Ron Paul is not a truther (as he’s quick to tell you), but he has some ideas about 9/11 — namely, that the U.S. government may have known that terrorists would fly passenger jets into iconic American buildings, and that they hid that information from the public to this day.
Numerous reports indicate that George W. Bush received at least one memo stating that al-Qaeda was plotting an attack on American soil prior to the attacks. Paul went a step further, though. He said, “I believe that if we ever get the full truth, we’ll find out that our government had it in the records exactly what the plans were, or at least close to it,” during a Money and Markets podcast, in which he and host Charles Goyette discussed the remaining classified pages of the House and Senate’s investigation into 9/11 — pages that Paul believes hold no threat to national security.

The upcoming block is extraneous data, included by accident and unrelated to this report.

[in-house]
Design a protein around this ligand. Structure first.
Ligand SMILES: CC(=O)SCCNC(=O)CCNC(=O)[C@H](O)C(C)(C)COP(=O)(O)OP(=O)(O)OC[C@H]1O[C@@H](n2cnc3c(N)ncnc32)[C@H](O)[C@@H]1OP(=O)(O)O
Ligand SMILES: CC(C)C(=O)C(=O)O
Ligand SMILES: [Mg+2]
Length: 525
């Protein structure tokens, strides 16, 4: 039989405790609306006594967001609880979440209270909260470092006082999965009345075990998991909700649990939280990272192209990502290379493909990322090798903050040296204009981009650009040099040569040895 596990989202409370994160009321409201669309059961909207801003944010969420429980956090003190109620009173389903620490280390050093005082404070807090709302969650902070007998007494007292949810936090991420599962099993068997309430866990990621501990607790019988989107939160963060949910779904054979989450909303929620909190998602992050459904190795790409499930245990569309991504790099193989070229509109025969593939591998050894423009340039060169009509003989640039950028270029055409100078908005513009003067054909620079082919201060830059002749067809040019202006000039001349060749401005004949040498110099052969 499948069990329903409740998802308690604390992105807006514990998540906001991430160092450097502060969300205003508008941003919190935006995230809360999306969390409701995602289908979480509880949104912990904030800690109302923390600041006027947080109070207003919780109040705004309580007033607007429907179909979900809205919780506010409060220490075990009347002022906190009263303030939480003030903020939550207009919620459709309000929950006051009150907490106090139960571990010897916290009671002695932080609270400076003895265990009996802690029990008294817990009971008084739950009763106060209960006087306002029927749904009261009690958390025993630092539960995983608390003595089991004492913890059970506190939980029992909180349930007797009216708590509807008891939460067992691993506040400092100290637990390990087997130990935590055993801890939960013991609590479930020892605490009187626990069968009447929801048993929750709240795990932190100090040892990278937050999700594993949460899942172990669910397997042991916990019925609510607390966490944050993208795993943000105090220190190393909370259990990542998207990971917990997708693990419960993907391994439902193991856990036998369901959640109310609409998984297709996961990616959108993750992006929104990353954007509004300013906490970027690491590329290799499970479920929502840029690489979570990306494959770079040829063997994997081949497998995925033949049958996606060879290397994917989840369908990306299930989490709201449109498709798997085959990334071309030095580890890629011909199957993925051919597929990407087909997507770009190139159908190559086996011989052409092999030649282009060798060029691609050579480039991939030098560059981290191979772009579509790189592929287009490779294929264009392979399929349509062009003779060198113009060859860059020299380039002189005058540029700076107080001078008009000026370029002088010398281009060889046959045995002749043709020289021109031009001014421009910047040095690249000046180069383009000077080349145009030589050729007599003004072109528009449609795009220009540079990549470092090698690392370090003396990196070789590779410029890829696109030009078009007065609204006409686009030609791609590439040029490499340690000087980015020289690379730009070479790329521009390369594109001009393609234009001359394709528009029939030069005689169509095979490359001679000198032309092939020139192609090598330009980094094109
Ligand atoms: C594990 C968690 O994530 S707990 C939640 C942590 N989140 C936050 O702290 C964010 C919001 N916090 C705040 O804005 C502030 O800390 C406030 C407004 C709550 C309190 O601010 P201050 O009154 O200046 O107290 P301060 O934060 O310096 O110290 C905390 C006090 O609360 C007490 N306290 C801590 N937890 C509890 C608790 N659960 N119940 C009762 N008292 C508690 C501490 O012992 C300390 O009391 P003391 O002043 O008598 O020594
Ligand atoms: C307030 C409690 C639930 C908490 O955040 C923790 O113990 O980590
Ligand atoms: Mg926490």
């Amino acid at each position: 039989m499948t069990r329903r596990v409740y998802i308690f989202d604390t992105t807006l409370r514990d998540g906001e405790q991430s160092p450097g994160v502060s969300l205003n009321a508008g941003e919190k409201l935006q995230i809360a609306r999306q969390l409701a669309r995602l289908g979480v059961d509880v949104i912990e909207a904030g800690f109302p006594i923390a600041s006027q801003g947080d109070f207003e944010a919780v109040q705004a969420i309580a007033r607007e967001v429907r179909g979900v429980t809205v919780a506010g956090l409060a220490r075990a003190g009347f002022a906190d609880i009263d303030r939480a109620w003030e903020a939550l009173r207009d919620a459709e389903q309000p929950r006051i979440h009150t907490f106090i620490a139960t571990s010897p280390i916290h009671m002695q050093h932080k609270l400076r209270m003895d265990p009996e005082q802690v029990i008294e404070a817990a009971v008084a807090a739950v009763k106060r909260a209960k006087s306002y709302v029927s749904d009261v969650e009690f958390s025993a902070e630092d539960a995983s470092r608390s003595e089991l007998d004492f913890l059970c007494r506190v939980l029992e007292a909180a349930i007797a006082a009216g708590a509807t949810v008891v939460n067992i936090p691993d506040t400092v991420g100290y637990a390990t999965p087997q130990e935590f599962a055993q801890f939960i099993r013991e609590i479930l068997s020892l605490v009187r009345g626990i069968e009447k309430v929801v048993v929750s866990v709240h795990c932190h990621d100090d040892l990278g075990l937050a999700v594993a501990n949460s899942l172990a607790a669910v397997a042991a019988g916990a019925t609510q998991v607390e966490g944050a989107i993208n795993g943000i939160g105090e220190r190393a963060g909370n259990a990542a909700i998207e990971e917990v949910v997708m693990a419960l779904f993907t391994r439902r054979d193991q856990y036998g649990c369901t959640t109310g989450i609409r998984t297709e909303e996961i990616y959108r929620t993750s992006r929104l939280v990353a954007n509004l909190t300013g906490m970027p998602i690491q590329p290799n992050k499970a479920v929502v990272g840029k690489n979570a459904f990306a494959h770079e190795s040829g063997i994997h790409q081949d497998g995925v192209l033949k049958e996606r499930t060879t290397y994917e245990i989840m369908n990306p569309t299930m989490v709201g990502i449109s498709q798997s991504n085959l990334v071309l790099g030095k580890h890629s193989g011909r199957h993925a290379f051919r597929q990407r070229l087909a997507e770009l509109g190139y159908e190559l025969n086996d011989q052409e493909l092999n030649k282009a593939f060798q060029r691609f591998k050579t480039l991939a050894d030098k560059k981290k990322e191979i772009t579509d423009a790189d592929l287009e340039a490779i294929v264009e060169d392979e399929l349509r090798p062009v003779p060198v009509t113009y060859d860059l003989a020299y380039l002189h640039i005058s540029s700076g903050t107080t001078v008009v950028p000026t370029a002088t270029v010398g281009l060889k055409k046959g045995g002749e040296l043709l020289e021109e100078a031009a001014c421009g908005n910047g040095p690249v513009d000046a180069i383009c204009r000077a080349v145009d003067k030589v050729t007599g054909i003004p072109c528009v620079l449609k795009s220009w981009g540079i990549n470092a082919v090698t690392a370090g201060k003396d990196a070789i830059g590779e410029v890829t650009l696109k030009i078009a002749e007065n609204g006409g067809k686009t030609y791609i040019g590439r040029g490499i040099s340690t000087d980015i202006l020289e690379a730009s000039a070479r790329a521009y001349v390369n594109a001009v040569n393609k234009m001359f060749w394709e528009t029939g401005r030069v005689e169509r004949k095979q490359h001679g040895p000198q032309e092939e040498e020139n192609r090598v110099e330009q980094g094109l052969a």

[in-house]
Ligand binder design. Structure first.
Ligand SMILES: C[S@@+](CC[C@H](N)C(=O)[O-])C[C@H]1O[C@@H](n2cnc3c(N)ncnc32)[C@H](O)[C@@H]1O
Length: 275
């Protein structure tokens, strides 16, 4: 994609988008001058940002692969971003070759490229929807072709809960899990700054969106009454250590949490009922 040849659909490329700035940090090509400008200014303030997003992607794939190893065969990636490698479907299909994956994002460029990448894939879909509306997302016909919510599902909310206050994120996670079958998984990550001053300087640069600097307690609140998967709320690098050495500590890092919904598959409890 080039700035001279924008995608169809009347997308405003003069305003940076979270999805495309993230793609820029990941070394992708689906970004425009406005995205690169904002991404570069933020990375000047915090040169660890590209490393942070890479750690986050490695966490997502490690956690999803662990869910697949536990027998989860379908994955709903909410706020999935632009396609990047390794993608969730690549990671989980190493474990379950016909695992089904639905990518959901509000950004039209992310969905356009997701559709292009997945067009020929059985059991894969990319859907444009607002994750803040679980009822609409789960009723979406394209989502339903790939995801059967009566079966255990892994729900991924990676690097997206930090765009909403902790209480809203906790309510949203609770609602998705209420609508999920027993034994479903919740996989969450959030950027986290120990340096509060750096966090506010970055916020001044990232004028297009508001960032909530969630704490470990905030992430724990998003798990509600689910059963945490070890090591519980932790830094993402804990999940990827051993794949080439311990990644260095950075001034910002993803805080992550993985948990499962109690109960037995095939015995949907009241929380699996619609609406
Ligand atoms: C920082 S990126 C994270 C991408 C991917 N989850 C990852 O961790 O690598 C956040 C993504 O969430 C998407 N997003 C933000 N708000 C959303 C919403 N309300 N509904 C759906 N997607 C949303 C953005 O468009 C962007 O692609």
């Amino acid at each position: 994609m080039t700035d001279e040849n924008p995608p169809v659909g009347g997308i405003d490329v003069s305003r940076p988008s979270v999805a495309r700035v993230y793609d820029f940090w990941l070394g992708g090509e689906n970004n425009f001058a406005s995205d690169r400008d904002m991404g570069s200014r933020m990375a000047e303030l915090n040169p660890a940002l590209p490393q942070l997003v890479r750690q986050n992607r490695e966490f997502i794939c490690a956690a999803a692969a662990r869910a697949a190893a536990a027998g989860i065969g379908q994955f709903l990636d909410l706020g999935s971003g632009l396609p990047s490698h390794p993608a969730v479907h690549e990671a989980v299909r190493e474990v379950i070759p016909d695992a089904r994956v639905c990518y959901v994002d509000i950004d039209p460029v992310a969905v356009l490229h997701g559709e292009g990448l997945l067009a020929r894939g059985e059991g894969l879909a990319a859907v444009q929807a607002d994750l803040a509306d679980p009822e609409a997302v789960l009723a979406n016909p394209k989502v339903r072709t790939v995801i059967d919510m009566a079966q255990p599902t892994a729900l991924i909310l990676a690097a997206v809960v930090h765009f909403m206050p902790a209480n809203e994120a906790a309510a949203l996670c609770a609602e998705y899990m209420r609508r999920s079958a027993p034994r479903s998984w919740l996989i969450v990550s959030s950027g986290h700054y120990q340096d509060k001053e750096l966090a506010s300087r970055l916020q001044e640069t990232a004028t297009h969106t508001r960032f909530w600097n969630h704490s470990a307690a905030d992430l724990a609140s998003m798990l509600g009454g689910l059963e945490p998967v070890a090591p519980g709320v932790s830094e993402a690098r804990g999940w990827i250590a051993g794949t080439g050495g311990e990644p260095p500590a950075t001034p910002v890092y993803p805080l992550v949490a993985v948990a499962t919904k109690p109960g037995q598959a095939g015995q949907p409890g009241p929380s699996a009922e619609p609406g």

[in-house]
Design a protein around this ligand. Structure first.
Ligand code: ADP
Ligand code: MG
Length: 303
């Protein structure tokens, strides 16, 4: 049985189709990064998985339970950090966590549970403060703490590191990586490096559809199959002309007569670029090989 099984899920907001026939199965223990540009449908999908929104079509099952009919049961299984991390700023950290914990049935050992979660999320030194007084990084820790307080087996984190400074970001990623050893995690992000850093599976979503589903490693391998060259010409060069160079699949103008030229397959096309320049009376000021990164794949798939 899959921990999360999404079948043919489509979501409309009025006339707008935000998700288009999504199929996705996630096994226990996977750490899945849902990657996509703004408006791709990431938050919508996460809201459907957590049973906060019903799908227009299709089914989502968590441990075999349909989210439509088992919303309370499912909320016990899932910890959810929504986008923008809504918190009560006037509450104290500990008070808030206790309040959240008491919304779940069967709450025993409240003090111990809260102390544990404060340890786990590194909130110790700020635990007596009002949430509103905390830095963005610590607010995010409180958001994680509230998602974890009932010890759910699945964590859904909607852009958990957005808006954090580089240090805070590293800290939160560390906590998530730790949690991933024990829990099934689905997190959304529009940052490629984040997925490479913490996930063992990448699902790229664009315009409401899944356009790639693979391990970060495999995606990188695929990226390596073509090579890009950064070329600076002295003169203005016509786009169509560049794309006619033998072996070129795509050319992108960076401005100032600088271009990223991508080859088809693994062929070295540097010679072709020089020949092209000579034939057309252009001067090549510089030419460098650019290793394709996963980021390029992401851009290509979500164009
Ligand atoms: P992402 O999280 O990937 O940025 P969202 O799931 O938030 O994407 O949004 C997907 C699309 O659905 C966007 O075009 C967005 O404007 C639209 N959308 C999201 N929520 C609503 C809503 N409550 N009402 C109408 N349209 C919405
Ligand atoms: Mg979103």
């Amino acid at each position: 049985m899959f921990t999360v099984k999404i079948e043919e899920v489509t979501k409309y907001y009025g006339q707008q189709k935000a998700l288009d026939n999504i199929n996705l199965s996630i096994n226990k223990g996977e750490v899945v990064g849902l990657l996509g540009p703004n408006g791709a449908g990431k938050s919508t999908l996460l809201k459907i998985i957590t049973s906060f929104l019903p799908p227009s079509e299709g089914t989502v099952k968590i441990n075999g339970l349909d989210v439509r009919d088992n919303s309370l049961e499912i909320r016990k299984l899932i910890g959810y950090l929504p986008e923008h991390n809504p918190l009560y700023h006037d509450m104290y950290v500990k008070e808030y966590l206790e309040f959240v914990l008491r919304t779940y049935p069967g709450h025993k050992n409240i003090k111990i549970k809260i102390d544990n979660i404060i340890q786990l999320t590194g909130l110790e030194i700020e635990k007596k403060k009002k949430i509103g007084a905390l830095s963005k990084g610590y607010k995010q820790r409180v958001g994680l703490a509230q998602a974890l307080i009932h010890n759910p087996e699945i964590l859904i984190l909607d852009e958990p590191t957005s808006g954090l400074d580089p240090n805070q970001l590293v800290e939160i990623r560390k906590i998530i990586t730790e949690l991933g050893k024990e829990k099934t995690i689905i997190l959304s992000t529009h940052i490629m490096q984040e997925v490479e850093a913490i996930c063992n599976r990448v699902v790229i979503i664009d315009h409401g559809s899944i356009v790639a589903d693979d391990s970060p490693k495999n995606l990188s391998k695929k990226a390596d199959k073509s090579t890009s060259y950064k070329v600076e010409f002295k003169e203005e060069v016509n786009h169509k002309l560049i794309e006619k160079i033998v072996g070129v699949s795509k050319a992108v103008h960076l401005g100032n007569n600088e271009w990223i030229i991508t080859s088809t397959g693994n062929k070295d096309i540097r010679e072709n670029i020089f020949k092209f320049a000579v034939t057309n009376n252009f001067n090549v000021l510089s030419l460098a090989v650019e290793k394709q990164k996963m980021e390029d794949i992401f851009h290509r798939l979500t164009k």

But again, he’s not a truther, get it straight:
“It’s politically very risky to talk about [questioning the 9/11 attacks], because the left and the government defenders are really, really quick to discredit anybody who raises any question whatsoever,” said Paul. “They paint you, and they say ‘oh you question this, that means you’re a truther.’ I was always amazed, if you question and you want the truth, how they took a word like ‘truther’ and turned it into a terrible, terrible word.”
And, technically, he would be right: 9/11 truthers believe that the U.S. government actually plotted and executed the attacks in order to justify an invasion of the Middle East, while Paul is simply questioning whether the U.S. chose not to act on their intelligence and refuses to take responsibility to this day. One is a crackpot theory, and the other questions the integrity of the federal government.
And Paul drew that distinction clearly: “Does that prove the fact that our president and others actually sat down and laid the plans and did this? I don’t think it does.”
[h/t Washington Free Beacon]
[Image via Albert H. Teich / Shutterstock.com]
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